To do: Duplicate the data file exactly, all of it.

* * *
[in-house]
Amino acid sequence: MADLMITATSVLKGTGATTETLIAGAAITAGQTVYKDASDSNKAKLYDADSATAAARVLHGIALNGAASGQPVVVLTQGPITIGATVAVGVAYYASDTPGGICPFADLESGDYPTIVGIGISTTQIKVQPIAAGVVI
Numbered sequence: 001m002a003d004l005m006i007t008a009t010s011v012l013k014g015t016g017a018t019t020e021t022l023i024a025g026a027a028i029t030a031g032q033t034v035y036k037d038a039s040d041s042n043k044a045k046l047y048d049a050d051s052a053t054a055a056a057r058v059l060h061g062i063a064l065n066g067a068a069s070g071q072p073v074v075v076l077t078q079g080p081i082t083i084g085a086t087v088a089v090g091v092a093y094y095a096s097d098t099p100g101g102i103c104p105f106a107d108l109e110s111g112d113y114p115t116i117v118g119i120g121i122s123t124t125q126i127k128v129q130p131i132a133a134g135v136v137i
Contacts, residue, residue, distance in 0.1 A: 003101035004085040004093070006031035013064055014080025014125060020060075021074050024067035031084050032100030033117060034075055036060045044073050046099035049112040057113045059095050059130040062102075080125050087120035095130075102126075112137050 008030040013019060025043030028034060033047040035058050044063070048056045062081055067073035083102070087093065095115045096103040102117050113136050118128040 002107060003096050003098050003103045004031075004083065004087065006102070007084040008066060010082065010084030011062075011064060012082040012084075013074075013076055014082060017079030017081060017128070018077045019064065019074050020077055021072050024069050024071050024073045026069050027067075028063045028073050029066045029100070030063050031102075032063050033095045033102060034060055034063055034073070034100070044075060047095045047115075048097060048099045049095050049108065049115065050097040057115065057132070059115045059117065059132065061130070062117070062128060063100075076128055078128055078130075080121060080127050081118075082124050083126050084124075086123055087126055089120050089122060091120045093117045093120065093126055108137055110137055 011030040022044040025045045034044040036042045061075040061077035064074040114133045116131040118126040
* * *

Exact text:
[in-house]
Amino acid sequence: MADLMITATSVLKGTGATTETLIAGAAITAGQTVYKDASDSNKAKLYDADSATAAARVLHGIALNGAASGQPVVVLTQGPITIGATVAVGVAYYASDTPGGICPFADLESGDYPTIVGIGISTTQIKVQPIAAGVVI
Numbered sequence: 001m002a003d004l005m006i007t008a009t010s011v012l013k014g015t016g017a018t019t020e021t022l023i024a025g026a027a028i029t030a031g032q033t034v035y036k037d038a039s040d041s042n043k044a045k046l047y048d049a050d051s052a053t054a055a056a057r058v059l060h061g062i063a064l065n066g067a068a069s070g071q072p073v074v075v076l077t078q079g080p081i082t083i084g085a086t087v088a089v090g091v092a093y094y095a096s097d098t099p100g101g102i103c104p105f106a107d108l109e110s111g112d113y114p115t116i117v118g119i120g121i122s123t124t125q126i127k128v129q130p131i132a133a134g135v136v137i
Contacts, residue, residue, distance in 0.1 A: 003101035004085040004093070006031035013064055014080025014125060020060075021074050024067035031084050032100030033117060034075055036060045044073050046099035049112040057113045059095050059130040062102075080125050087120035095130075102126075112137050 008030040013019060025043030028034060033047040035058050044063070048056045062081055067073035083102070087093065095115045096103040102117050113136050118128040 002107060003096050003098050003103045004031075004083065004087065006102070007084040008066060010082065010084030011062075011064060012082040012084075013074075013076055014082060017079030017081060017128070018077045019064065019074050020077055021072050024069050024071050024073045026069050027067075028063045028073050029066045029100070030063050031102075032063050033095045033102060034060055034063055034073070034100070044075060047095045047115075048097060048099045049095050049108065049115065050097040057115065057132070059115045059117065059132065061130070062117070062128060063100075076128055078128055078130075080121060080127050081118075082124050083126050084124075086123055087126055089120050089122060091120045093117045093120065093126055108137055110137055 011030040022044040025045045034044040036042045061075040061077035064074040114133045116131040118126040